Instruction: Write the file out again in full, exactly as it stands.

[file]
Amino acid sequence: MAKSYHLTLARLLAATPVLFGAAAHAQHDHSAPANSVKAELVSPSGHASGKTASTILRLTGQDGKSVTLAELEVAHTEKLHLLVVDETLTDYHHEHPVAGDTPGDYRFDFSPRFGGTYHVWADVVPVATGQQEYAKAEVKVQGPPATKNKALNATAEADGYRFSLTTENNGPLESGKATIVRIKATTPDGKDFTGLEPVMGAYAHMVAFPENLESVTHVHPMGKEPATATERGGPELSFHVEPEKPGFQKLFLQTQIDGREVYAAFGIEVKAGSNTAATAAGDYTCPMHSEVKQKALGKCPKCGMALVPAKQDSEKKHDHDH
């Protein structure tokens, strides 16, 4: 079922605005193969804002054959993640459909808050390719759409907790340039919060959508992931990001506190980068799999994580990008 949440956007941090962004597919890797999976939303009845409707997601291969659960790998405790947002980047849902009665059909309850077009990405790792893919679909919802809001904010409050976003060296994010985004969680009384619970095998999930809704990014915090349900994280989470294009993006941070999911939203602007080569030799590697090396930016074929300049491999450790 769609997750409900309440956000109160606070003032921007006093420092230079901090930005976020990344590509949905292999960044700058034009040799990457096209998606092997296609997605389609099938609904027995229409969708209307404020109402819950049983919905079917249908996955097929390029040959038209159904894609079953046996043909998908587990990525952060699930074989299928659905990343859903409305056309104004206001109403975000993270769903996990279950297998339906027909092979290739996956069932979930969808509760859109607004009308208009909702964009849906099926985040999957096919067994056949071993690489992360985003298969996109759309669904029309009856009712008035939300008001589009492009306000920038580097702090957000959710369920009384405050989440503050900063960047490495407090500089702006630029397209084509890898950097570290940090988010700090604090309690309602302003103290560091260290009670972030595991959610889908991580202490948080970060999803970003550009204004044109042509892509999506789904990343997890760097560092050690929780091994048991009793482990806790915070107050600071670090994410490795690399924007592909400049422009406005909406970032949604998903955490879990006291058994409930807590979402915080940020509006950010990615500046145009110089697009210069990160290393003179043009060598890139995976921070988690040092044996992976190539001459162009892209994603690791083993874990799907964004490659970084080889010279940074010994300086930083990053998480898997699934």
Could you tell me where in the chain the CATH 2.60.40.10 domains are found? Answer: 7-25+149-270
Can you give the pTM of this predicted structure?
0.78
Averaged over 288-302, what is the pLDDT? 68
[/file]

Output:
Amino acid sequence: MAKSYHLTLARLLAATPVLFGAAAHAQHDHSAPANSVKAELVSPSGHASGKTASTILRLTGQDGKSVTLAELEVAHTEKLHLLVVDETLTDYHHEHPVAGDTPGDYRFDFSPRFGGTYHVWADVVPVATGQQEYAKAEVKVQGPPATKNKALNATAEADGYRFSLTTENNGPLESGKATIVRIKATTPDGKDFTGLEPVMGAYAHMVAFPENLESVTHVHPMGKEPATATERGGPELSFHVEPEKPGFQKLFLQTQIDGREVYAAFGIEVKAGSNTAATAAGDYTCPMHSEVKQKALGKCPKCGMALVPAKQDSEKKHDHDH
């Protein structure tokens, strides 16, 4: 079922605005193969804002054959993640459909808050390719759409907790340039919060959508992931990001506190980068799999994580990008 949440956007941090962004597919890797999976939303009845409707997601291969659960790998405790947002980047849902009665059909309850077009990405790792893919679909919802809001904010409050976003060296994010985004969680009384619970095998999930809704990014915090349900994280989470294009993006941070999911939203602007080569030799590697090396930016074929300049491999450790 769609997750409900309440956000109160606070003032921007006093420092230079901090930005976020990344590509949905292999960044700058034009040799990457096209998606092997296609997605389609099938609904027995229409969708209307404020109402819950049983919905079917249908996955097929390029040959038209159904894609079953046996043909998908587990990525952060699930074989299928659905990343859903409305056309104004206001109403975000993270769903996990279950297998339906027909092979290739996956069932979930969808509760859109607004009308208009909702964009849906099926985040999957096919067994056949071993690489992360985003298969996109759309669904029309009856009712008035939300008001589009492009306000920038580097702090957000959710369920009384405050989440503050900063960047490495407090500089702006630029397209084509890898950097570290940090988010700090604090309690309602302003103290560091260290009670972030595991959610889908991580202490948080970060999803970003550009204004044109042509892509999506789904990343997890760097560092050690929780091994048991009793482990806790915070107050600071670090994410490795690399924007592909400049422009406005909406970032949604998903955490879990006291058994409930807590979402915080940020509006950010990615500046145009110089697009210069990160290393003179043009060598890139995976921070988690040092044996992976190539001459162009892209994603690791083993874990799907964004490659970084080889010279940074010994300086930083990053998480898997699934």
Could you tell me where in the chain the CATH 2.60.40.10 domains are found? Answer: 7-25+149-270
Can you give the pTM of this predicted structure?
0.78
Averaged over 288-302, what is the pLDDT? 68